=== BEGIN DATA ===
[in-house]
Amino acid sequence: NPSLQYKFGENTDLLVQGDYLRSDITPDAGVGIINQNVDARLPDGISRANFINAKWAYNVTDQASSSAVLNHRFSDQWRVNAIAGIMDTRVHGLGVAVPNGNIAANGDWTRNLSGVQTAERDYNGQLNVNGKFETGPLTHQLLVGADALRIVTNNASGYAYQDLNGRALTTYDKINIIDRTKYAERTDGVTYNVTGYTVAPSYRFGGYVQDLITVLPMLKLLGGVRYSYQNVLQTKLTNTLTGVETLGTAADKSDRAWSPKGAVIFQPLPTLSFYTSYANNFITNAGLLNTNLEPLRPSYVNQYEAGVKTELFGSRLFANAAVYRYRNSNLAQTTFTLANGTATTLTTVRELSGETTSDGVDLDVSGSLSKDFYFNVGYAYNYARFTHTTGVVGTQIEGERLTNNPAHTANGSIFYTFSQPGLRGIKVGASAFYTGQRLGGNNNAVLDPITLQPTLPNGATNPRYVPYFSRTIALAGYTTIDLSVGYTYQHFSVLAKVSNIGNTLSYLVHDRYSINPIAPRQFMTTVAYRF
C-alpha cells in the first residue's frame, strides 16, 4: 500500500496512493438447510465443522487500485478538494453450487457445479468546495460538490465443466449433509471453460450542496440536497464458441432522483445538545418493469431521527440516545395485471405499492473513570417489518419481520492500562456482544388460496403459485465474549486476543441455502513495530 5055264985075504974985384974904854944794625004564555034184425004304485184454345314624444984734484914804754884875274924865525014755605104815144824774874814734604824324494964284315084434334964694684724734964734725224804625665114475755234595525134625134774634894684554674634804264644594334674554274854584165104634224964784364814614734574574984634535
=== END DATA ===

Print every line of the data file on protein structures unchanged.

[in-house]
Amino acid sequence: NPSLQYKFGENTDLLVQGDYLRSDITPDAGVGIINQNVDARLPDGISRANFINAKWAYNVTDQASSSAVLNHRFSDQWRVNAIAGIMDTRVHGLGVAVPNGNIAANGDWTRNLSGVQTAERDYNGQLNVNGKFETGPLTHQLLVGADALRIVTNNASGYAYQDLNGRALTTYDKINIIDRTKYAERTDGVTYNVTGYTVAPSYRFGGYVQDLITVLPMLKLLGGVRYSYQNVLQTKLTNTLTGVETLGTAADKSDRAWSPKGAVIFQPLPTLSFYTSYANNFITNAGLLNTNLEPLRPSYVNQYEAGVKTELFGSRLFANAAVYRYRNSNLAQTTFTLANGTATTLTTVRELSGETTSDGVDLDVSGSLSKDFYFNVGYAYNYARFTHTTGVVGTQIEGERLTNNPAHTANGSIFYTFSQPGLRGIKVGASAFYTGQRLGGNNNAVLDPITLQPTLPNGATNPRYVPYFSRTIALAGYTTIDLSVGYTYQHFSVLAKVSNIGNTLSYLVHDRYSINPIAPRQFMTTVAYRF
C-alpha cells in the first residue's frame, strides 16, 4: 500500500496512493438447510465443522487500485478538494453450487457445479468546495460538490465443466449433509471453460450542496440536497464458441432522483445538545418493469431521527440516545395485471405499492473513570417489518419481520492500562456482544388460496403459485465474549486476543441455502513495530 5055264985075504974985384974904854944794625004564555034184425004304485184454345314624444984734484914804754884875274924865525014755605104815144824774874814734604824324494964284315084434334964694684724734964734725224804625665114475755234595525134625134774634894684554674634804264644594334674554274854584165104634224964784364814614734574574984634535